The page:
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The Difference Between DSL, ADSL and VDSL Internet

The Difference Between DSL, ADSL and VDSL Internet

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Quick Summary

What’s the difference between DSL, ADSL, VDSL? How does DSL work? We answer these questions and more.

DSL stands for ‘digital subscriber line’. As the name suggests, this is the line over which a service provider renders digital services to a customer or subscriber, the subscriber in question being you and the service provider being your ISP. A/VDSL connections into the home use your telephone line to deliver an internet connection.

ADSL and VDSL stand for ‘Asymmetrical Digital Subscriber Line’ and ‘Very-High-Bit-Rate Digital Subscriber Line’ respectively. As you may have guessed, VDSL is faster than ADSL, but both represent newer and more proficient technologies used in the transmitting of data across your copper telephone line. In 2020, you will want to look for hardware that supports VDSL2 when making your purchases, which supports throughput of up to 100Mbps.

Fibre vs DSL Internet

If you have a fibre connection into the home (FTTP or Fibre to the Premises), then your maximum speeds should be much faster than DSL. This is down to the physics of fibre optic lines and their advantages compared to copper; any length of copper in the chain from exchange-to-premises will always act as a bottleneck for your speeds.

Why is this?

DSL works by transmitting data via electrons through a copper cable. Copper is the most conductive metal in the world, which makes it the most efficient material for sending signals through with minimal signal loss. Fibre optic cables, however, transmit data as flashes of light. By virtue of using light rather than electricity, fibre optic connections are obviously much faster (close to, but not quite reaching, the speed of light given that these flashes end up bouncing repeatedly off of the inside of the cable, rather than travelling directly down the eye of the cable unimpeded). Not only is this faster, but there’s also less potential for signal loss. A less compromised signal reaching its endpoint sooner results in much greater throughput for fibre optic lines vs copper.

Factors Affecting DSL Speeds

If you’re concerned about your internet connection speeds because you’re stuck with a DSL connection, don’t worry too much. Depending on your distance from the cabinet and the cabinet’s distance from your local exchange, your speeds could be faster or slower. This is because most Internet Exchange Points (IXPs) transport data by fibre cable all the way to the green cabinet somewhere close to your home. These green cabinets on the curbside should be familiar to you and, if you have a DSL connection, it is from this cabinet that the copper telephone line runs to your home.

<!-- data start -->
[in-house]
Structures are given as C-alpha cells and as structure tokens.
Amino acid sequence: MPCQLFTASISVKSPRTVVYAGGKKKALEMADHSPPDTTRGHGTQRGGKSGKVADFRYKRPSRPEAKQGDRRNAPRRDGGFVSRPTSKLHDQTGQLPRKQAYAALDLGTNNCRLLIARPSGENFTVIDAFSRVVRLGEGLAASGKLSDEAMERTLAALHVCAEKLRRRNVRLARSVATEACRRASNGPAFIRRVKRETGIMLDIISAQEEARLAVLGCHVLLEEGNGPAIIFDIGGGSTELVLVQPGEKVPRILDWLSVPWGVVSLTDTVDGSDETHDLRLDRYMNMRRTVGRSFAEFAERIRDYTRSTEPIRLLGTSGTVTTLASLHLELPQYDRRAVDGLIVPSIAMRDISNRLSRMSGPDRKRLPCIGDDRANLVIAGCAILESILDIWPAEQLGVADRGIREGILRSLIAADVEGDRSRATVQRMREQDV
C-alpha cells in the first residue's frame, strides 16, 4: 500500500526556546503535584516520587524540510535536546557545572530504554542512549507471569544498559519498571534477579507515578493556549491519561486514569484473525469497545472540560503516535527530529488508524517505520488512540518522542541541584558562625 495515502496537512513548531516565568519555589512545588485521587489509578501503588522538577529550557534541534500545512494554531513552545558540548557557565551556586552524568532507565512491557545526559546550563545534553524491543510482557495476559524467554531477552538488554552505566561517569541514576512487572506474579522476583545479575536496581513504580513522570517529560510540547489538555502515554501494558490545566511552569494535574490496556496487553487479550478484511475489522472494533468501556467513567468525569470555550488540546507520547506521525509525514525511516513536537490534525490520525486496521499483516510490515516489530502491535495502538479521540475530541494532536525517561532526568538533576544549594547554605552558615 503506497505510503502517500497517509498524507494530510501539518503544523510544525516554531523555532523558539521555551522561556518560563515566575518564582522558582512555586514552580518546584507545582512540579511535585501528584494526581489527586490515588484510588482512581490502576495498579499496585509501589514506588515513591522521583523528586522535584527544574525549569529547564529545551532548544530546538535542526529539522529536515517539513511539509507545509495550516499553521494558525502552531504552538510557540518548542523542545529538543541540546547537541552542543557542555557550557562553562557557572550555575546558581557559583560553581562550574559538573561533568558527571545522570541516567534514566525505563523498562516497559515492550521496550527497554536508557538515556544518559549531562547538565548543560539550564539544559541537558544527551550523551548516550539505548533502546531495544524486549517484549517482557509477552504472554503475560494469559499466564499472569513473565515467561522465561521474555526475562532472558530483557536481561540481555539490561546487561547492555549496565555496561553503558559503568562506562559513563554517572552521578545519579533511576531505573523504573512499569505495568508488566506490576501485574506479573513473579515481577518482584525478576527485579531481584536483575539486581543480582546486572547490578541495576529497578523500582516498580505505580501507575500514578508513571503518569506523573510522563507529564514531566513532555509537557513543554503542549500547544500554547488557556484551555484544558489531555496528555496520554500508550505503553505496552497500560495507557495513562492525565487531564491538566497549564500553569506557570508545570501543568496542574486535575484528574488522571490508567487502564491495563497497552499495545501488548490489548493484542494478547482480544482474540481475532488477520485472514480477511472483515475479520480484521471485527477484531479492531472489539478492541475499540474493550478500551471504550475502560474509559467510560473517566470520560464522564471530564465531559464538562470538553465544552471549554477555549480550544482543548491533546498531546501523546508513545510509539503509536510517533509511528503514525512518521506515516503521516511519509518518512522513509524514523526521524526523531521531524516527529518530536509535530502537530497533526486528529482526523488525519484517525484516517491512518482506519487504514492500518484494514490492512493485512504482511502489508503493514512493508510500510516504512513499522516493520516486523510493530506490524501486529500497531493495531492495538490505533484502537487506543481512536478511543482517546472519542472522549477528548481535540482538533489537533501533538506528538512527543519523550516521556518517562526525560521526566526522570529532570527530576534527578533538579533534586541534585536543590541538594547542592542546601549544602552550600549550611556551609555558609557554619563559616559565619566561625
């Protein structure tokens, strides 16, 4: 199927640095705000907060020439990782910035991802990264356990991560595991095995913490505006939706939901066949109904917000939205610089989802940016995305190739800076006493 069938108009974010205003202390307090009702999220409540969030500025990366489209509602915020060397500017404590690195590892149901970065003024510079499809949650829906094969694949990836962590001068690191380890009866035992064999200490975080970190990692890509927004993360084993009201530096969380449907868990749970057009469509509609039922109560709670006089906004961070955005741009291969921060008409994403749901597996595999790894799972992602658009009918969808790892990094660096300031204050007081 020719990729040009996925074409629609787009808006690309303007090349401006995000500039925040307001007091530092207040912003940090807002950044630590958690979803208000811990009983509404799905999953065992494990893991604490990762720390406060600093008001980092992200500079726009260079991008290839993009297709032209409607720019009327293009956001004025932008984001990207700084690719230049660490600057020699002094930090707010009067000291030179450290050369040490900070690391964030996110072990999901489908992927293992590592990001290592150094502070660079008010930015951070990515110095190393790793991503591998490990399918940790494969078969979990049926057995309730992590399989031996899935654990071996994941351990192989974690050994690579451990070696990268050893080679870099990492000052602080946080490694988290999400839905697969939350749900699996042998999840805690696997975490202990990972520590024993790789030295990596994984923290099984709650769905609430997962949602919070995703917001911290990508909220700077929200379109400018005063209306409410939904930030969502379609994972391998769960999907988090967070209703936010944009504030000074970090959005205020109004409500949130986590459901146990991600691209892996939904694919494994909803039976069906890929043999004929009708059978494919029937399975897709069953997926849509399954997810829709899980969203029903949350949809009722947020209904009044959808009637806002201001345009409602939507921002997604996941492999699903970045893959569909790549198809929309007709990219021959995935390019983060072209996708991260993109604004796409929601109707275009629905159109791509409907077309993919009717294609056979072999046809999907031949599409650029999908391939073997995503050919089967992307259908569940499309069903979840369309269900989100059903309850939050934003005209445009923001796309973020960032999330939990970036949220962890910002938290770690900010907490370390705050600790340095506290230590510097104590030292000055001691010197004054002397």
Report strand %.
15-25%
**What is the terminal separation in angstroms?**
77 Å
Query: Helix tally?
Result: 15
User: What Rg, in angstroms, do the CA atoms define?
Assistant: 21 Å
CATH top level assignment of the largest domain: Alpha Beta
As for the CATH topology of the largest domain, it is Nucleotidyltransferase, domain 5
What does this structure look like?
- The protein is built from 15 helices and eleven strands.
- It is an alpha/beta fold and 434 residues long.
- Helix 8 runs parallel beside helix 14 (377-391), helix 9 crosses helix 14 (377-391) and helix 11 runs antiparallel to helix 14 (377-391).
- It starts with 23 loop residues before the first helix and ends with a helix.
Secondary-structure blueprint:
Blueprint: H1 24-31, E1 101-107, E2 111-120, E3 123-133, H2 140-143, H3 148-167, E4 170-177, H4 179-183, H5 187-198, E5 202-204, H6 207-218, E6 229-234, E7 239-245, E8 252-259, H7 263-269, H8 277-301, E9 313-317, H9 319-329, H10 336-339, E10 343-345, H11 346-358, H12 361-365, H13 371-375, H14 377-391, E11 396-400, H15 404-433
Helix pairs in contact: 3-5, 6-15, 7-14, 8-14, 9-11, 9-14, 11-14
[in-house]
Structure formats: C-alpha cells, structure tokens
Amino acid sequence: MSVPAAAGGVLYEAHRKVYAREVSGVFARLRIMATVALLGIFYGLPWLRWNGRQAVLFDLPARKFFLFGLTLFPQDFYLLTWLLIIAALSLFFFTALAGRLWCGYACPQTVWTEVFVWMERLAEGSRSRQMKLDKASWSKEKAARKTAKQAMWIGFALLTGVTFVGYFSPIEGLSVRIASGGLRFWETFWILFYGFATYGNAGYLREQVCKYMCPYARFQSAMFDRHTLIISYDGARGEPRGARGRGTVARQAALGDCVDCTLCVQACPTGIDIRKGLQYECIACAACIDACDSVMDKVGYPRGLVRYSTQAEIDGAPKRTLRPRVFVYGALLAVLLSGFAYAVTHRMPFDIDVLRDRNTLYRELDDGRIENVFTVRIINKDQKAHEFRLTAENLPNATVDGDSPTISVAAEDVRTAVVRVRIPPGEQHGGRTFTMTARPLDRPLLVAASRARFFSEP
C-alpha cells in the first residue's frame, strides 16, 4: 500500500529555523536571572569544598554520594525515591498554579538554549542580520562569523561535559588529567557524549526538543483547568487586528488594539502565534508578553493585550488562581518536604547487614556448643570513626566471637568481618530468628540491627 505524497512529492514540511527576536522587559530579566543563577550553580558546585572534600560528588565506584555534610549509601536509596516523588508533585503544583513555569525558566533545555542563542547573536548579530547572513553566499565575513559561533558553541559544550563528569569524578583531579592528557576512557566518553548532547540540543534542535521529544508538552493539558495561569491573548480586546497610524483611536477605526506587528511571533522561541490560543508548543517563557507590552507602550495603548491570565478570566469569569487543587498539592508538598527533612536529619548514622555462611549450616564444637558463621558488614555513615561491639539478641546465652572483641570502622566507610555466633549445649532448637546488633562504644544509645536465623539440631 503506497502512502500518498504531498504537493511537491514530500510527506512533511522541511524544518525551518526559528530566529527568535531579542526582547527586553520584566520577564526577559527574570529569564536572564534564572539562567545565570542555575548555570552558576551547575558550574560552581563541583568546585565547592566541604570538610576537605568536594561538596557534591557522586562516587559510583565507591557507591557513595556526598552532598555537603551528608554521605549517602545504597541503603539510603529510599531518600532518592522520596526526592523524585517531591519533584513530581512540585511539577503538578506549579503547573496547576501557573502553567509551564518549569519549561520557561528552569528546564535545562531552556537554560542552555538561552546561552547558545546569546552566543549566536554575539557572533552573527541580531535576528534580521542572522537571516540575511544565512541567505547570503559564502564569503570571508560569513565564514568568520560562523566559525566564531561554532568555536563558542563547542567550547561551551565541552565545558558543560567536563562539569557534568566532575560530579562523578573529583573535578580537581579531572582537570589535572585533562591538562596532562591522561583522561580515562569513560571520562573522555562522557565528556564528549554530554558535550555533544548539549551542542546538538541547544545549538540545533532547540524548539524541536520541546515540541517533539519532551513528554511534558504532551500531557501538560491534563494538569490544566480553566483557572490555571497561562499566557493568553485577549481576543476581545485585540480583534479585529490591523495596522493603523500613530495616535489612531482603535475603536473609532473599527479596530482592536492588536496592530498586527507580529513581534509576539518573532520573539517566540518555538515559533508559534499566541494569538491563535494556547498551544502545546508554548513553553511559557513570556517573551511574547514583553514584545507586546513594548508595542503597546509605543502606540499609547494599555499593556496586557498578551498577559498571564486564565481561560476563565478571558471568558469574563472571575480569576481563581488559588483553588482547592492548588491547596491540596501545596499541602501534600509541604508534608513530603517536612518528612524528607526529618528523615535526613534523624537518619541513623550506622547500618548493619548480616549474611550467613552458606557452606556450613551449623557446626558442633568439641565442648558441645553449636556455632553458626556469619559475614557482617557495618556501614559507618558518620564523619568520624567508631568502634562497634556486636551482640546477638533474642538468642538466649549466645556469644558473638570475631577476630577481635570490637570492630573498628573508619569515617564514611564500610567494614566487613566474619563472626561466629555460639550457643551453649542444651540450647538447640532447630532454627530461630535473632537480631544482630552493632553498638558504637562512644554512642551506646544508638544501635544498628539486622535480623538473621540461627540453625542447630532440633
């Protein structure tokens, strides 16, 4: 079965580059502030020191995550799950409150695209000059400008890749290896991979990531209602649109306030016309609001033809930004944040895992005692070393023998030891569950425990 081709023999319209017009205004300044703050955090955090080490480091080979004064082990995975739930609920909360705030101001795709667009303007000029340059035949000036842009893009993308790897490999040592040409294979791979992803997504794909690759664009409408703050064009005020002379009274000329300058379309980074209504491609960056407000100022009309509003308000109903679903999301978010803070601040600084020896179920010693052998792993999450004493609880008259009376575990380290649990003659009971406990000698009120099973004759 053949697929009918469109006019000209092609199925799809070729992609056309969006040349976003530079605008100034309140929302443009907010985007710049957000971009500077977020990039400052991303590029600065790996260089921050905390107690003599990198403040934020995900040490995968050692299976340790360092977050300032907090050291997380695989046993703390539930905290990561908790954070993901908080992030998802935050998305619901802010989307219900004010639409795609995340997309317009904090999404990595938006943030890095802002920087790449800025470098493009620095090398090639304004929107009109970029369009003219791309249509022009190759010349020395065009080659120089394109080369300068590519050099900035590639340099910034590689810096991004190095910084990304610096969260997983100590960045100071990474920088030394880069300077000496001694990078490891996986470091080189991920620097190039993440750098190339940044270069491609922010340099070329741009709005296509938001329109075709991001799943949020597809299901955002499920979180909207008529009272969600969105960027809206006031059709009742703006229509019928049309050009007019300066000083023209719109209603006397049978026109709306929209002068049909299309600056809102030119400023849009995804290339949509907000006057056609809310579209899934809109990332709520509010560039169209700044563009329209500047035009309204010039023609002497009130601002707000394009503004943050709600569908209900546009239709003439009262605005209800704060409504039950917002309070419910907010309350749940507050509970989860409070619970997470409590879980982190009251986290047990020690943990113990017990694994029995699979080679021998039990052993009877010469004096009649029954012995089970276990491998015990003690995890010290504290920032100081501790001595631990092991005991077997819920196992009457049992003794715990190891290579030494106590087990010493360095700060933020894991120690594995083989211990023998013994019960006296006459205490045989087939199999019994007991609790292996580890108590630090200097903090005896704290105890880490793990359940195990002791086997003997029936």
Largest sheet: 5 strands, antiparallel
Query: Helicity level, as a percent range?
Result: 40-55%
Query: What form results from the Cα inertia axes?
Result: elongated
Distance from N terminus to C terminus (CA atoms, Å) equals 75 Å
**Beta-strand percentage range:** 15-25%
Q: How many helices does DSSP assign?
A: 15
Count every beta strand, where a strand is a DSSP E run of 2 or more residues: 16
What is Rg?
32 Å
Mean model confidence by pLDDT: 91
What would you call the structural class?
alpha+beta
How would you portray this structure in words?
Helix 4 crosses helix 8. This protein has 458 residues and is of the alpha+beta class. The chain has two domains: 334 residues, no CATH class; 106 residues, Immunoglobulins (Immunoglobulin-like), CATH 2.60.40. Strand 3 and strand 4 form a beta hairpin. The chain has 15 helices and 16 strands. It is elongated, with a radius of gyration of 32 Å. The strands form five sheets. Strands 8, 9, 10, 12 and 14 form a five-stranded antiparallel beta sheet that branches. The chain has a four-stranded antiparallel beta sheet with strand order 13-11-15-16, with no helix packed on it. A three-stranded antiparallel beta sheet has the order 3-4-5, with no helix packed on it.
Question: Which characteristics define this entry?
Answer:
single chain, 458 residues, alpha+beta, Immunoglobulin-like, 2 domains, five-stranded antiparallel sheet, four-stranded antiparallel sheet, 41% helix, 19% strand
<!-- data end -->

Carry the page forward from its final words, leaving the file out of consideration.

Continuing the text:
Therefore, the amount of copper being used in the infrastructure connecting you to the internet is minimised, but enough of it is being used to act as a bottleneck in the network. Data will travel at superfast speeds into the cabinet but will slow down significantly on its way from there to your home. Once in the home, any further slowdown will be caused by poor quality network devices.

If your home is situated close to a cabinet, then your data transfer will be taking place through a shorter length of copper than if you’re far away. This means (slightly unfairly) that homes closer to the cabinet will usually have greater internet speeds than those far from it, even if they’re on the same plan with the same ISP.

To a lesser degree, your speeds will also begin to drop off the further your home is situated from an IXP. However, since data traverse these distances through fibre optic cable, which is far more efficient, this will be far less noticeable.

What to Do

If you’re struggling with sub-par speeds, first make sure that you’re on the right plan and with the right provider. If you’re only paying for 50Mbps, or this is the maximum your current provider offers, it will be worth shopping around and seeing if there’s anything faster on offer.

If you’re happy that the speeds you’re paying for are not materialising in reality, call your ISP. Your ‘sync speed’ is the speed at which data can be transferred from the exchange to your router and your ISP should be able to measure and tell you this. If your sync speed is below the speeds you’re paying for, your ISP should offer you money off of your bill until they fix the problem.

If fibre providers like Virgin Media and Hyperoptic do not offer their services in your area yet, then you will likely have a DSL internet connection. This is important because A/VDSL connections require a router that supports these connection types.

If your sync speeds are high, but speeds on your devices are slow, then the answer lies in your networking hardware and there’s a bottleneck somewhere. Try plugging a device directly into your router with an ethernet cable and running a speed test that way. If speeds are still slow, then it’s your router (or ISP hub, if that’s what you’re using as a router) that’s the problem.

Draytek routers are some of the best on the market that widely support DSL and, as a Draytek distributor, NetXL is well placed to make suggestions. A quality DSL router like the Draytek Vigor 2862 or, for those on a tighter budget, the TP-Link Archer VR400 should solve these problems for you. Both offer VDSL2 support and, therefore, throughput of up to 100Mbps. Though this is an idealised figure and some drop-off should be expected, the better the router, the closer to this figure you should be able to get.

If your speeds are fast when plugged directly into your router, then there’s a problem with your wireless network. Look into purchasing better wireless access points or other means of extending your network, like powerline adaptors, without throttling speed.

The Difference Between DSL, ADSL and VDSL Internet